Prospective evaluation of patients with non-cirrhotic portal hypertension: A single centre study

Maria Mironova, Harish Gopalakrishna, Gracia Maria Viana Rodriguez, Nehna Abdul Majeed, Asif A. Hitawala, Ivan J. Fuss, Jenna R.E. Bergerson, Alison J. Faust, Jacqueline M. Laurin, Jaha Norman-Wheeler, Shani Scott, Julian Hercun, Bernadette Redd, David E. Kleiner, Christopher Koh, Theo Heller

Research output: Contribution to journalArticlepeer-review

Abstract

Background: Non-cirrhotic portal hypertension (NCPH) is a spectrum of liver diseases, including porto-sinusoidal vascular disorder, with portal hypertension (PH) in the absence of cirrhosis. The natural history and diagnostic approach to NCPH are not well understood. Aim: We aimed to evaluate disease progression and outcomes in NCPH. Methods: Patients with or at risk for NCPH were enrolled in a single centre prospective study; two groups were formed based on the presence of specific features of PH, such as varices, collaterals, portal hypertensive gastropathy or portal hypertensive bleeding. All participants underwent a baseline liver biopsy. Liver stiffness measurement (LSM), and imaging were repeated every 6–12 months. Results: Fifteen patients without specific features of PH (Group I), and 35 patients with specific features (Group II) were enrolled. The median follow-up time was 50 months. Group II had higher hepatic venous pressure gradients, non-invasive measures of PH and a lower platelet count (PLT) when compared to Group I. Rates of survival and decompensation were similar in both groups. Patients with PLT ≤100 K/mcL had lower survival compared to those with PLT >100 K/mcL. Patients with LSM ≥10 kPa had lower survival and survival without decompensation when compared to patients with LSM <10 kPa. Conclusions: Patients irrespective of specific features of PH had similar survival or survival without decompensation. Patients without specific features are at risk for disease progression and should be monitored closely. Thrombocytopenia and increased LSM are associated with severe forms of liver disease, which are strongly associated with outcomes.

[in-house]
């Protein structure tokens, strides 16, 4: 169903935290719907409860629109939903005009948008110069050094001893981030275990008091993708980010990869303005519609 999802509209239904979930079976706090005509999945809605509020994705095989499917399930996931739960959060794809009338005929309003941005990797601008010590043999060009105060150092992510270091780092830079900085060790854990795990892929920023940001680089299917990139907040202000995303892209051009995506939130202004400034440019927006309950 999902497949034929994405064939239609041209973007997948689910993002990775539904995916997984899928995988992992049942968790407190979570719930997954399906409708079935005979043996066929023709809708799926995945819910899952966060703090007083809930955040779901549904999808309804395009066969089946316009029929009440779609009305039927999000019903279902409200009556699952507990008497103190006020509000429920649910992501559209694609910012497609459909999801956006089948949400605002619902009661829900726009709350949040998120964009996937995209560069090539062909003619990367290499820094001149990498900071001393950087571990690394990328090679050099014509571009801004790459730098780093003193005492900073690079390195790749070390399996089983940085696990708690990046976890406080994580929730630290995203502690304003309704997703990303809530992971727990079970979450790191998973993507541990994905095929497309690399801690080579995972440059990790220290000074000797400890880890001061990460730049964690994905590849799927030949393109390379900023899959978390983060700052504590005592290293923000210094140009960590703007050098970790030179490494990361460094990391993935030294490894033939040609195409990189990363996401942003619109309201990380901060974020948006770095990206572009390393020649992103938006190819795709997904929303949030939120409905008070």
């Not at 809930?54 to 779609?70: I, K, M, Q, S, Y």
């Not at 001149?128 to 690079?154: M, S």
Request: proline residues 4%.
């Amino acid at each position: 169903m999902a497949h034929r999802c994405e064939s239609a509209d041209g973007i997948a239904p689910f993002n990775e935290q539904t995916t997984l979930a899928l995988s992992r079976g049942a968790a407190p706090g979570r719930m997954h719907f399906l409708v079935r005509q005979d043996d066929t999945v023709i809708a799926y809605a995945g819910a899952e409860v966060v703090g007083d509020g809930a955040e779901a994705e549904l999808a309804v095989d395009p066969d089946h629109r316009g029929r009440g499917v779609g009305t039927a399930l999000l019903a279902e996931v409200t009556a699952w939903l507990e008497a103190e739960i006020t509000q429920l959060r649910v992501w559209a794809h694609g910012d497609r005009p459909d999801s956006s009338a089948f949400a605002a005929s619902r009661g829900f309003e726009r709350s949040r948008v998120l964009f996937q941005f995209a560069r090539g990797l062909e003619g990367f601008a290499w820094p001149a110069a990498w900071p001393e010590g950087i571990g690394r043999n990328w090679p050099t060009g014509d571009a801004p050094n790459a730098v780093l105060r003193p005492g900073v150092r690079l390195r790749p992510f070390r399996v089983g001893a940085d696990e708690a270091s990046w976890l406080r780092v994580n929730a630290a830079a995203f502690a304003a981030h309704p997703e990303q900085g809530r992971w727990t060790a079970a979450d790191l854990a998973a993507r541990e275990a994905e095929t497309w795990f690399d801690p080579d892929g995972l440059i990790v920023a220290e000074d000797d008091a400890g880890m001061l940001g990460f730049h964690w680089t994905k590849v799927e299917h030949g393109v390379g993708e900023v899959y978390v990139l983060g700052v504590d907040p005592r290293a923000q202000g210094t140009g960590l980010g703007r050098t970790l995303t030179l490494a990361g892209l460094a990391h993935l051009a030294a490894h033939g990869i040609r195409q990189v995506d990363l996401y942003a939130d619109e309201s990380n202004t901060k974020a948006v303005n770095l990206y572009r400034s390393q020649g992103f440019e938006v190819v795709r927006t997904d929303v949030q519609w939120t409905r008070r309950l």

Original languageEnglish (US)
Pages (from-to)1527-1538
Number of pages12
JournalAlimentary Pharmacology and Therapeutics
Volume59
Issue number12
DOIs
StatePublished - Jun 2024

All Science Journal Classification (ASJC) codes

  • Hepatology
  • Gastroenterology
  • Pharmacology (medical)

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